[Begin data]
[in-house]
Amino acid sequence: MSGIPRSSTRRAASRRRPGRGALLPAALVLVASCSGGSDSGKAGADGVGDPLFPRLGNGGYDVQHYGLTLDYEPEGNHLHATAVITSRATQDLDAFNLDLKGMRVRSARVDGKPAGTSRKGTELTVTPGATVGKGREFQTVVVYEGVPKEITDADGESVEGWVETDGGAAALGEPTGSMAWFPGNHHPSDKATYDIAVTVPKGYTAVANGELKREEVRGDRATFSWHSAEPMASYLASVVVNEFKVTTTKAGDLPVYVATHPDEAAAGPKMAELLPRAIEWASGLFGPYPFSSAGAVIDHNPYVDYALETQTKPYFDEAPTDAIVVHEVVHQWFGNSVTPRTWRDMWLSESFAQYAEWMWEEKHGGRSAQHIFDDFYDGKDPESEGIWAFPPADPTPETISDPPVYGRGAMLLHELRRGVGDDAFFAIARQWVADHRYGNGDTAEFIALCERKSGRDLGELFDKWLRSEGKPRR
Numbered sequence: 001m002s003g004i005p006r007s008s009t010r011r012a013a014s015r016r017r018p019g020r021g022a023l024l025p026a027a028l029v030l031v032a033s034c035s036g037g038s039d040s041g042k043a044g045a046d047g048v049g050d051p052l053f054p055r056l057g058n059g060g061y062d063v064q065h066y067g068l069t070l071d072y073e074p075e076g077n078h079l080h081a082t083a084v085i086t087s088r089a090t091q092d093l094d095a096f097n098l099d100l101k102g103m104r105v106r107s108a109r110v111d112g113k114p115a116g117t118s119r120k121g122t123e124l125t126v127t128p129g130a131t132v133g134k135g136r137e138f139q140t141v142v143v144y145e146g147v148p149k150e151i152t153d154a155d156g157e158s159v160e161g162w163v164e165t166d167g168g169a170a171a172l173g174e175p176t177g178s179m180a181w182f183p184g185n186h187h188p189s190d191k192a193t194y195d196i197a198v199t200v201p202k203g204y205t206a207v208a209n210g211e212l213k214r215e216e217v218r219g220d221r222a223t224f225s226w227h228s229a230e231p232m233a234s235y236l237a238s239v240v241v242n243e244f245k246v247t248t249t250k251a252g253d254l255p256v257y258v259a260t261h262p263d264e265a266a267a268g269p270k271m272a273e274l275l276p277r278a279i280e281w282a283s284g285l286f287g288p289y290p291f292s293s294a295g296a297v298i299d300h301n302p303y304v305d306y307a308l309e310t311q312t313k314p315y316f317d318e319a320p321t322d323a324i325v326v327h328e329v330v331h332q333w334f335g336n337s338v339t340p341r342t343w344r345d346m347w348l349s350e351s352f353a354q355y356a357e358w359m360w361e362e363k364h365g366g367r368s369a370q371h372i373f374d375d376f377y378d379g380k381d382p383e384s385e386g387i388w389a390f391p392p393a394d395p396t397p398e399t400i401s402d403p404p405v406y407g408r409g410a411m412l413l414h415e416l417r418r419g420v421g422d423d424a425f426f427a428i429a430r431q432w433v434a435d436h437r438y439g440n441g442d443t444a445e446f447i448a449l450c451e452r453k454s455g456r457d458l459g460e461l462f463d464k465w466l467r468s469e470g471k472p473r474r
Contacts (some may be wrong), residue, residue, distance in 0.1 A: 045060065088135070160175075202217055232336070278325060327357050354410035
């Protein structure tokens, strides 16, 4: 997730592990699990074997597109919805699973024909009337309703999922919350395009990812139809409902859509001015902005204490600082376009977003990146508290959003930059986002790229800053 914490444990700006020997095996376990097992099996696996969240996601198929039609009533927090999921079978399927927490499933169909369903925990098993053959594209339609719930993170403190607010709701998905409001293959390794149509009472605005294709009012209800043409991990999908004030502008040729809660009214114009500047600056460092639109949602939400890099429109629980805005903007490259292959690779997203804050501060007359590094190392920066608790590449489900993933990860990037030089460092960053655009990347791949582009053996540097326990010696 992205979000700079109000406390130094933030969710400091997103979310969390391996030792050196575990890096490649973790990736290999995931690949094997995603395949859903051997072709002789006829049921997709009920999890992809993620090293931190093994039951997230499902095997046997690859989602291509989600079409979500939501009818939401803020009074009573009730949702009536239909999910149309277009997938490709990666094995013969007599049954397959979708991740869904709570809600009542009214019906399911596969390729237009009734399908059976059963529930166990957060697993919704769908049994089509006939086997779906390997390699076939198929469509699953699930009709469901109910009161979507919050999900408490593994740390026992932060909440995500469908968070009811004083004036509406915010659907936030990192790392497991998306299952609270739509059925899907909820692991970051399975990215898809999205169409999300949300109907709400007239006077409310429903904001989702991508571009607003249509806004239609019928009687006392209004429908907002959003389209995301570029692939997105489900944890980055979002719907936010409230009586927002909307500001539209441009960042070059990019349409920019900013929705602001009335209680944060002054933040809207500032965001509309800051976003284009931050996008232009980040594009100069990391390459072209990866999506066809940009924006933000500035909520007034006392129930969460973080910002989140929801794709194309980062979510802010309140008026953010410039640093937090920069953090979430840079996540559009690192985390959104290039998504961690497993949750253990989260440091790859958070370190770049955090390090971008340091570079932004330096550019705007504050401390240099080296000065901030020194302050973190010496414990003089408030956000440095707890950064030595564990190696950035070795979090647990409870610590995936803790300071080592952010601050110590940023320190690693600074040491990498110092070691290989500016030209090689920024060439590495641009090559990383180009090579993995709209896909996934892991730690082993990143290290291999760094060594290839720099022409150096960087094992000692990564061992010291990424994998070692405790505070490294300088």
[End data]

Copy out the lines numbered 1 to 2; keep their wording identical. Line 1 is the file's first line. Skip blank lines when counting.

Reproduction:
[in-house]
Amino acid sequence: MSGIPRSSTRRAASRRRPGRGALLPAALVLVASCSGGSDSGKAGADGVGDPLFPRLGNGGYDVQHYGLTLDYEPEGNHLHATAVITSRATQDLDAFNLDLKGMRVRSARVDGKPAGTSRKGTELTVTPGATVGKGREFQTVVVYEGVPKEITDADGESVEGWVETDGGAAALGEPTGSMAWFPGNHHPSDKATYDIAVTVPKGYTAVANGELKREEVRGDRATFSWHSAEPMASYLASVVVNEFKVTTTKAGDLPVYVATHPDEAAAGPKMAELLPRAIEWASGLFGPYPFSSAGAVIDHNPYVDYALETQTKPYFDEAPTDAIVVHEVVHQWFGNSVTPRTWRDMWLSESFAQYAEWMWEEKHGGRSAQHIFDDFYDGKDPESEGIWAFPPADPTPETISDPPVYGRGAMLLHELRRGVGDDAFFAIARQWVADHRYGNGDTAEFIALCERKSGRDLGELFDKWLRSEGKPRR